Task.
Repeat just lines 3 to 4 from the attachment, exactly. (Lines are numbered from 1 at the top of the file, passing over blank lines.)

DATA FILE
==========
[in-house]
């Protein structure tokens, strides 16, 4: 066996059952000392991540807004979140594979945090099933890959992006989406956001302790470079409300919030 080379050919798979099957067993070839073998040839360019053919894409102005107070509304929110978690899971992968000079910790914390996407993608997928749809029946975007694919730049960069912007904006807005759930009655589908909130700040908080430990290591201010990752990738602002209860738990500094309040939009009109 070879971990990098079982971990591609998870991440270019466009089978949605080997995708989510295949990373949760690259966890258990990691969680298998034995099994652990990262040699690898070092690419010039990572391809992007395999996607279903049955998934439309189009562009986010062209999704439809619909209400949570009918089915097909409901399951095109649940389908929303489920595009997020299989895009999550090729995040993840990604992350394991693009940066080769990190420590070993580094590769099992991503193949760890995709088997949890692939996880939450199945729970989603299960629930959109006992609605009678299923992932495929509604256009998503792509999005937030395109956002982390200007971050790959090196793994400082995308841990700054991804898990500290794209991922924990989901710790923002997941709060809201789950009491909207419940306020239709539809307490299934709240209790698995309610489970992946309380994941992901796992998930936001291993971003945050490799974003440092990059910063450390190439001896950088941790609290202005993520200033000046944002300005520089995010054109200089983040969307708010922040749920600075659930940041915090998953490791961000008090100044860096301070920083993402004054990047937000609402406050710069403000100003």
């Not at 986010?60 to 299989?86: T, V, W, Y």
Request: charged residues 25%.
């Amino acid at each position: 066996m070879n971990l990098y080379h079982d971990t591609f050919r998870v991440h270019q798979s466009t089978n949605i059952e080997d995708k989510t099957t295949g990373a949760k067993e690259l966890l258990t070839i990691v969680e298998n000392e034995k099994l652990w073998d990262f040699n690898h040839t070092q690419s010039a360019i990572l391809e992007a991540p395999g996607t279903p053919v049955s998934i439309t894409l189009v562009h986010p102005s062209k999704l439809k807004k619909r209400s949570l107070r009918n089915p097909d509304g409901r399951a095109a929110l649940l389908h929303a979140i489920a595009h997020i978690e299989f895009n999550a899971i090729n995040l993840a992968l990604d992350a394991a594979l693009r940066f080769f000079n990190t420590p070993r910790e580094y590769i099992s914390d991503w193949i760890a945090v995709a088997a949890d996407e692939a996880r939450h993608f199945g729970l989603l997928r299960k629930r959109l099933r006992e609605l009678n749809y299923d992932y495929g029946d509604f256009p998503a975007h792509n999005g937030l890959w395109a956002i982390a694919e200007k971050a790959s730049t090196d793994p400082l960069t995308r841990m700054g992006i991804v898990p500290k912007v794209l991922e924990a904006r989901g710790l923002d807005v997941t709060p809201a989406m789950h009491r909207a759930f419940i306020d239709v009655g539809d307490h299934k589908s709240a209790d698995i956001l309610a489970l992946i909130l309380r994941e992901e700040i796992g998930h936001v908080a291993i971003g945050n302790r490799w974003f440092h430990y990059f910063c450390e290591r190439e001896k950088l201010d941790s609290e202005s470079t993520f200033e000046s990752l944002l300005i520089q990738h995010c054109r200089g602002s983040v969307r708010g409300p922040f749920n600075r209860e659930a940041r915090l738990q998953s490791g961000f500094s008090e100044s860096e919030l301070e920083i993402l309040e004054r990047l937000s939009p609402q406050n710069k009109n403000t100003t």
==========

């Not at 986010?60 to 299989?86: T, V, W, Y």
Request: charged residues 25%.